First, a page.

North Carolina Non-Disclosure Agreement
The North Carolina Non-Disclosure Agreement (NDA) is a state-specific document that keeps important, shared confidential information from being leaked to those not directly permitted to learn the information. The contract is formed between two (2) parties, which can be institutions or individual people. The formal term for info that the form protects is called “trade secrets.” In order for information to be qualified as a trade secret, the information must be inaccessible to the general public and provide as a form of value for the person or entity that owns it. In North Carolina, stealing a trade secret is illegal – regardless if an NDA was signed or not. However, taking the steps to draft an sign an NDA can only aid the company’s chances of winning a case put before a court while also reducing the likelihood of information being leaked in the first place.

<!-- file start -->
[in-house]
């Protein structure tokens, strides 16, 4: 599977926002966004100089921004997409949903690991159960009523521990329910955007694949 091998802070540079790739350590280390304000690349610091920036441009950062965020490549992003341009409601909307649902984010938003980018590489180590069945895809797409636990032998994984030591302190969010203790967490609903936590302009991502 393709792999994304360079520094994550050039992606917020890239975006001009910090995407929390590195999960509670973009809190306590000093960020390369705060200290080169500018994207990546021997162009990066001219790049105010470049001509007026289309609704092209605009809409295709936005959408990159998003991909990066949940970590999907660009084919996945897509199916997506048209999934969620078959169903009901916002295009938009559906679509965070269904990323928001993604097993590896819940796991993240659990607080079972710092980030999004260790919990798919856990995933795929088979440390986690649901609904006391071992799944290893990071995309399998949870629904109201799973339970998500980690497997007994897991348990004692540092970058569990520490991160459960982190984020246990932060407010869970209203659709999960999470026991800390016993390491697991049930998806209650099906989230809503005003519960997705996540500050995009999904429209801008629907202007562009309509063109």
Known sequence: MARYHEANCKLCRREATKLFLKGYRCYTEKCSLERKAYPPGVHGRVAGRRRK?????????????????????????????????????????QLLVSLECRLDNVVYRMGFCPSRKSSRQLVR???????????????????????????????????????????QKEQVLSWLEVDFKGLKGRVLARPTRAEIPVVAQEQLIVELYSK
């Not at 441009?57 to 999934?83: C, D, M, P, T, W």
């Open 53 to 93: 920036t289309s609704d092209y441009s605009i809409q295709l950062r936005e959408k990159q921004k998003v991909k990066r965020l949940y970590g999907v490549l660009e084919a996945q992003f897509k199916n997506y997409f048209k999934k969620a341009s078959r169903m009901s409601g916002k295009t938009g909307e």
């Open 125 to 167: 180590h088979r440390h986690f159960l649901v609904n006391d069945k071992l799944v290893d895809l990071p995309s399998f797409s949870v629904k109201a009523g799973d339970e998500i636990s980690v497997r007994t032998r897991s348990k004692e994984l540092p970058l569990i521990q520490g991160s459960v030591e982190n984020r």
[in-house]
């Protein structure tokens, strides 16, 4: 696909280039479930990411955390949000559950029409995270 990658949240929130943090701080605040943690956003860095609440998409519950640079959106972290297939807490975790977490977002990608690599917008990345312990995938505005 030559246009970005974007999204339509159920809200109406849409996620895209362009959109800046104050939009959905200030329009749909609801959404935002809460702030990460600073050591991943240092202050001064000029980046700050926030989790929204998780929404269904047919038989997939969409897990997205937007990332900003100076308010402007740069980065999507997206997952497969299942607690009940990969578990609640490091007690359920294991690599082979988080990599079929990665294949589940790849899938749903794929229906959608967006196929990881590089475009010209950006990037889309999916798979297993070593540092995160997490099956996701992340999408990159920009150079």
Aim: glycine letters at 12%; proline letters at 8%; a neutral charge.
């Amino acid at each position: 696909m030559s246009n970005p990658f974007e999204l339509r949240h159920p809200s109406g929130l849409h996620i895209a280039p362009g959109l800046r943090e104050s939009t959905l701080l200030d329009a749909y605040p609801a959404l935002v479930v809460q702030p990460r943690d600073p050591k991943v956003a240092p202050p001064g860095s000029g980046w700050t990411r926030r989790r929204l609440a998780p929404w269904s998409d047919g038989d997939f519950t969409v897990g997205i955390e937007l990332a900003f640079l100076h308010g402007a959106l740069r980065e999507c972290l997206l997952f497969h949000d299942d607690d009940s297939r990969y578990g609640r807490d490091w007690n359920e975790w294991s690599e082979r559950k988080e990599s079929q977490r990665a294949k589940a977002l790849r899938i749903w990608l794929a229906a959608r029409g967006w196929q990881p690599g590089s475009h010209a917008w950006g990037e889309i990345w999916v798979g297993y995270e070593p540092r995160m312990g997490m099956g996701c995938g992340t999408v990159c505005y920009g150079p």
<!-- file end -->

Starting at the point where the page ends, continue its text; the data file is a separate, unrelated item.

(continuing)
Trade Secret Law
Definition of Misappropriation (§ 66-152): The term “misappropriation” refers to the purposeful 1) acquisition, 2) disclosure, or 3) use of another person or entities secret(s) without direct or implied consent from the owner. Exceptions: the trade secrets were discovered by research conducted independently, through the use of reverse-engineering, or was acquired by an individual with express permission to share the information.
Statute of Limitations (§ 66-157): Victims of misappropriation (stolen secrets) have three (3) years after discovering the act to bring a case. “Discovering” also refers to the date that the defendant should have known about the misappropriation.